Encryption On The Chip
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Palo Alto, CA-based Integrated Programmable Communications (InProComm) has announced a new baseband/medium access controller (MAC) chip for use in 802.11b-based products. The IPC2120, which should go into sampling to customers this month, will feature a built-in, hardware-based Advanced Encryption Standard (AES) engine.
The company has three reference designs for the chip, working with different radio frequency (RF) and power amplifier (PA) chips from companies like Maxim and Philips.
"We were very conscious of the applications of the chip, hand held or notebook or access point, and our current power levels are very low," says Craig Conkling, Director of Marketing at InProComm.
The IPC2120 chip will support 64- and 128-bit Wired Equivalent Privacy (WEP) and Temporal Key Integrity Protocol (TKIP) in addition to AES, and will be compliant with Wi-Fi Protected Access (WPA) when that becomes ready around February 2003. While security features were important to the company, cost was also a major factor.
"We were looking at low cost -- we knew the 802.11b market would be aggressive in that respect," says Conkling. "We created a high performance chip in a very small die sizeit has a low cost structure so it can move forward in the market." The company claims to use up to 35% fewer components than most 802.11b chipset designs, and thus saves on the bill-of-materials (BOM) costs by 20 to 30%.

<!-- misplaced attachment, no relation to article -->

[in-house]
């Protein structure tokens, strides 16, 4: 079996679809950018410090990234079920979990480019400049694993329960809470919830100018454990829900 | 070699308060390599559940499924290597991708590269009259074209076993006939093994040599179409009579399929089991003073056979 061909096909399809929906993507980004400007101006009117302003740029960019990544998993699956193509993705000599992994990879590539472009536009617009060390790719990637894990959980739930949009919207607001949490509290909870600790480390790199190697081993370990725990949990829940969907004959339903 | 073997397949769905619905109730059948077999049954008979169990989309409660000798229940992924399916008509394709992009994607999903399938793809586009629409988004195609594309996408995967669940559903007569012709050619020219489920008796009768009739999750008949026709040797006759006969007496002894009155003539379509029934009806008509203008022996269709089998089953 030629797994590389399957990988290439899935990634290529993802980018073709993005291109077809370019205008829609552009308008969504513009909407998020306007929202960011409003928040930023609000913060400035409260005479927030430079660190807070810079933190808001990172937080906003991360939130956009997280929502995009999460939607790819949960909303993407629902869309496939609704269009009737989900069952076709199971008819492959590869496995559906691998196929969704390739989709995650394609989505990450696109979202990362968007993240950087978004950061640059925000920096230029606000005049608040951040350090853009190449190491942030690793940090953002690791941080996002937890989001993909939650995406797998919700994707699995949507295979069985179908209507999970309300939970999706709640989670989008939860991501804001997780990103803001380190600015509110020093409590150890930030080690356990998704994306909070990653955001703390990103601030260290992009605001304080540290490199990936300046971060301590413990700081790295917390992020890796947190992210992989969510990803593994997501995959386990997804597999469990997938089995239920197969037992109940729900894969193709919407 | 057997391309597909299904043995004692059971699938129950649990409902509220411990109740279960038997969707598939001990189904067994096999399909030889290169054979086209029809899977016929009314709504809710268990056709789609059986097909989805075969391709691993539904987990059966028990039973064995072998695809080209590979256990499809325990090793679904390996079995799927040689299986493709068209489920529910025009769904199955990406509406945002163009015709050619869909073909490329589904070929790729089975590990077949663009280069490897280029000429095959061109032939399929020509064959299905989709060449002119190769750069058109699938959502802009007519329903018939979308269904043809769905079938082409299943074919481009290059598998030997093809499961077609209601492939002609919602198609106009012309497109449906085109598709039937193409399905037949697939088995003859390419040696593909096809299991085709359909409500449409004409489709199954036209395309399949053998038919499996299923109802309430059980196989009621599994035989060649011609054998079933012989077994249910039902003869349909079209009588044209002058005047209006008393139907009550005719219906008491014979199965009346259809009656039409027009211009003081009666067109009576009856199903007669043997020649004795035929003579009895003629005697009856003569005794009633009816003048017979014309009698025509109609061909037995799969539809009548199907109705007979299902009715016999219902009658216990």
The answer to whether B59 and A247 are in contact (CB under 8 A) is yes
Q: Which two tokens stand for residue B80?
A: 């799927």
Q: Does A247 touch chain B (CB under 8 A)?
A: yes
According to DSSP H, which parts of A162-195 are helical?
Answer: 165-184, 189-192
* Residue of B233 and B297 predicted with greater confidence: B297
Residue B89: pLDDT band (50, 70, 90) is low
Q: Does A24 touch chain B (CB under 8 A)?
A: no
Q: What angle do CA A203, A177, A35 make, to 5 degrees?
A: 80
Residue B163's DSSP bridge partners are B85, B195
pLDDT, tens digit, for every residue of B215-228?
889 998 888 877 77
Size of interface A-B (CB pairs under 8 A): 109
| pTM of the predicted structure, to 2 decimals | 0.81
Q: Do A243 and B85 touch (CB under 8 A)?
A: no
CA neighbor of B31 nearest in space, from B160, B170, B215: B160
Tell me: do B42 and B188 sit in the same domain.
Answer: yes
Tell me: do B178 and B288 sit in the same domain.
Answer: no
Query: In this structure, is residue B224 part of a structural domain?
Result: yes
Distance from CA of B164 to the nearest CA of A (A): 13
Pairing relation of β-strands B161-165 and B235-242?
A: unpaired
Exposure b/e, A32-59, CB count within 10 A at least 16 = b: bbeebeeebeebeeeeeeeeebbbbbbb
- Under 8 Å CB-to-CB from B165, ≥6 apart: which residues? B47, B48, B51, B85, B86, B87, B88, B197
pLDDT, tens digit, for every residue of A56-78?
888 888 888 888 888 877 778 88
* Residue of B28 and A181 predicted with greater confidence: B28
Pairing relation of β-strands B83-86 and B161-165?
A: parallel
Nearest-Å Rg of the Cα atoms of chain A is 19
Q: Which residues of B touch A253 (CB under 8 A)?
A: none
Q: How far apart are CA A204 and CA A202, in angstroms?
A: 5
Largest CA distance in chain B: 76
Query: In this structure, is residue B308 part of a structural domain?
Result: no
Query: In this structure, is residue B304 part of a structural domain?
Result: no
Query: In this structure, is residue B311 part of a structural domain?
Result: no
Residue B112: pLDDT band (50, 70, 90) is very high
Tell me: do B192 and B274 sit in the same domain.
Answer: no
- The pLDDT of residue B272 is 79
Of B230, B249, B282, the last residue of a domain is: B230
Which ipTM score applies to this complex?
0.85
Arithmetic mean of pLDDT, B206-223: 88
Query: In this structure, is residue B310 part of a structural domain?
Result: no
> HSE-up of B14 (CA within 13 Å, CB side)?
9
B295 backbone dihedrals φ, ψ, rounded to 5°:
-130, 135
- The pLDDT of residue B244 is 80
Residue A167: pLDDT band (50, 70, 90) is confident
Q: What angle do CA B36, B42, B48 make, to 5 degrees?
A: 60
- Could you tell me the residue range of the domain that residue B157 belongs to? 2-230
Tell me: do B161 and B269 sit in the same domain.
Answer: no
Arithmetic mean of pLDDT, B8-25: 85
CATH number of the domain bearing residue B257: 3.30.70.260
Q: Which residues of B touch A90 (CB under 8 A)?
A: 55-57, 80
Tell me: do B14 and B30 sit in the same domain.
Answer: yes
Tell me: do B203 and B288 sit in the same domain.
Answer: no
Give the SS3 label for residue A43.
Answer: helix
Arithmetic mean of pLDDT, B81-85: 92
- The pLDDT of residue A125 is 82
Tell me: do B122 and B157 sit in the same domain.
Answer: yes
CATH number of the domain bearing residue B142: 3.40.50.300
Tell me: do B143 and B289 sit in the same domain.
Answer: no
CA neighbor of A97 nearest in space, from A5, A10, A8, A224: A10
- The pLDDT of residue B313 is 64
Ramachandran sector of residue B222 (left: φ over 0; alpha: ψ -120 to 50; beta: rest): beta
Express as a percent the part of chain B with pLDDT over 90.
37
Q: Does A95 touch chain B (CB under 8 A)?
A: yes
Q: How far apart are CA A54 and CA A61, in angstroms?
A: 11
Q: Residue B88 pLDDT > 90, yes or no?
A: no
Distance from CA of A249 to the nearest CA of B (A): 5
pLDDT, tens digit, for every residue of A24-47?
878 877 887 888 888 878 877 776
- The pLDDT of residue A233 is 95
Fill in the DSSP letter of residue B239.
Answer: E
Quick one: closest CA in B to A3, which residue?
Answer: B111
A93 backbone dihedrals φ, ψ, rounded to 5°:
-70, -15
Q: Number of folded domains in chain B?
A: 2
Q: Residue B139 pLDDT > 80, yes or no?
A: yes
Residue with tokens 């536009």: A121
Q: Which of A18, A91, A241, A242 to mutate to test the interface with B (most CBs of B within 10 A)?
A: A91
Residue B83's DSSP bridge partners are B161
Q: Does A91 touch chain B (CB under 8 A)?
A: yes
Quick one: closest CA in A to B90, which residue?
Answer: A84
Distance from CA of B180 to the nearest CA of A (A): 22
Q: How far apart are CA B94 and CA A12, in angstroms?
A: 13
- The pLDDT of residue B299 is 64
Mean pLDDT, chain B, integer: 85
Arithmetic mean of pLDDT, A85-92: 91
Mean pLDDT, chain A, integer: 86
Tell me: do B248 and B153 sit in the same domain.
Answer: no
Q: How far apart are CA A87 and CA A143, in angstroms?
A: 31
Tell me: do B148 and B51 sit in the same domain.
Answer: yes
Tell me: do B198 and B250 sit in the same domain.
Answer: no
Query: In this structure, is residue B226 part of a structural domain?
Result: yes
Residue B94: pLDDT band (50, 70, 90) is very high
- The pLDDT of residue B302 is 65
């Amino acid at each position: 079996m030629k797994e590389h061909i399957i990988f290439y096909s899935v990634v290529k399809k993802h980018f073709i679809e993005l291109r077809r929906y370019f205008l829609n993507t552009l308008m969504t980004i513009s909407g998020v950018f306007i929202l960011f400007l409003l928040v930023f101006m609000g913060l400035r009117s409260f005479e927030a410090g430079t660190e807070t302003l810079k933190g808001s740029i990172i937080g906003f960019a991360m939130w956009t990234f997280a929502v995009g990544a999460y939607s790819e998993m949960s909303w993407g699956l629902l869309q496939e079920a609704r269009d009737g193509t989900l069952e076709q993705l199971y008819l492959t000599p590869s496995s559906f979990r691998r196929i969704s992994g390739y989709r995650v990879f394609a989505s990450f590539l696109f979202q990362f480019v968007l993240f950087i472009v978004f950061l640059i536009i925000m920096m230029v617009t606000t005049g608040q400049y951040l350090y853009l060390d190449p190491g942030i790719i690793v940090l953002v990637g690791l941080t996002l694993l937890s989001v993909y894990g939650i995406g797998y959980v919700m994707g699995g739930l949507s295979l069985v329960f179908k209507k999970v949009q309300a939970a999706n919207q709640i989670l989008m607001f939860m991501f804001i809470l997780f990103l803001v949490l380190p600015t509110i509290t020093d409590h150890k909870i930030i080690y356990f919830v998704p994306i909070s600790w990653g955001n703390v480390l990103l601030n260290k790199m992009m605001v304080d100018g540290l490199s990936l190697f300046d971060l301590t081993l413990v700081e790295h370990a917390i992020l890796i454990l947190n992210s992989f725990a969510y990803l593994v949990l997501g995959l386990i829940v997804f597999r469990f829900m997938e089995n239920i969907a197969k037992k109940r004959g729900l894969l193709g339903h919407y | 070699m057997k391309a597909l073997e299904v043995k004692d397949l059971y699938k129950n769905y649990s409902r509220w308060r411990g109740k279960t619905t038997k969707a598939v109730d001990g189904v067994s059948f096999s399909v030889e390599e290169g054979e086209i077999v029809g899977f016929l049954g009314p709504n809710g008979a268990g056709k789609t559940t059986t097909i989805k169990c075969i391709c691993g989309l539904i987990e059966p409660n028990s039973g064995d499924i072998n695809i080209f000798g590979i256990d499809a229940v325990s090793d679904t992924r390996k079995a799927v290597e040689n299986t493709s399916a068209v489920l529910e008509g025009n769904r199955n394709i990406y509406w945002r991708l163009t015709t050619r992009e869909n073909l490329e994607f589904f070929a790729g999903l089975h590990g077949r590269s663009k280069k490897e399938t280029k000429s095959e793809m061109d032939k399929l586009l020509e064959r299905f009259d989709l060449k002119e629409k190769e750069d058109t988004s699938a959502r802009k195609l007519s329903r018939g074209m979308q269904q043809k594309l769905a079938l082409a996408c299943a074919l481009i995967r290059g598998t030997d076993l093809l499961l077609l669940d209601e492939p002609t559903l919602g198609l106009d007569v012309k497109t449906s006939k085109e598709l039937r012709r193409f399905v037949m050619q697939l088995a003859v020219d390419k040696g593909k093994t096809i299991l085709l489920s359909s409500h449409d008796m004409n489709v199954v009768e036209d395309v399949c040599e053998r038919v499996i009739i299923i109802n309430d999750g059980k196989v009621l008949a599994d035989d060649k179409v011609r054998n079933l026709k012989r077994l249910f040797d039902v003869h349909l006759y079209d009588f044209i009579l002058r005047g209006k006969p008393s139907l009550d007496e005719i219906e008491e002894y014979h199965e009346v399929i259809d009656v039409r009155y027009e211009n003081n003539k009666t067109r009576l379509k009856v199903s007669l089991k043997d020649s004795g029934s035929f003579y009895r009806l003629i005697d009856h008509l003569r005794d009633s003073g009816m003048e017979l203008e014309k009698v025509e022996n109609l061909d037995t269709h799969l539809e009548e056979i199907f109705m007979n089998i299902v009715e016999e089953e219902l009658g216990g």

Conkling says that some production silicon will be sampling by around December 15. They expect products supporting host interfaces for miniPCI and CardBus PC Card form factors to be certified by the Wi-Fi Alliance, Microsoft Windows Hardware Quality Labs (WHQL), and the FCC in time for full production. That should begin in the first quarter of 2003. Firmware and drivers will be available for versions of Linux and Windows 98SE/ME/2000/XP.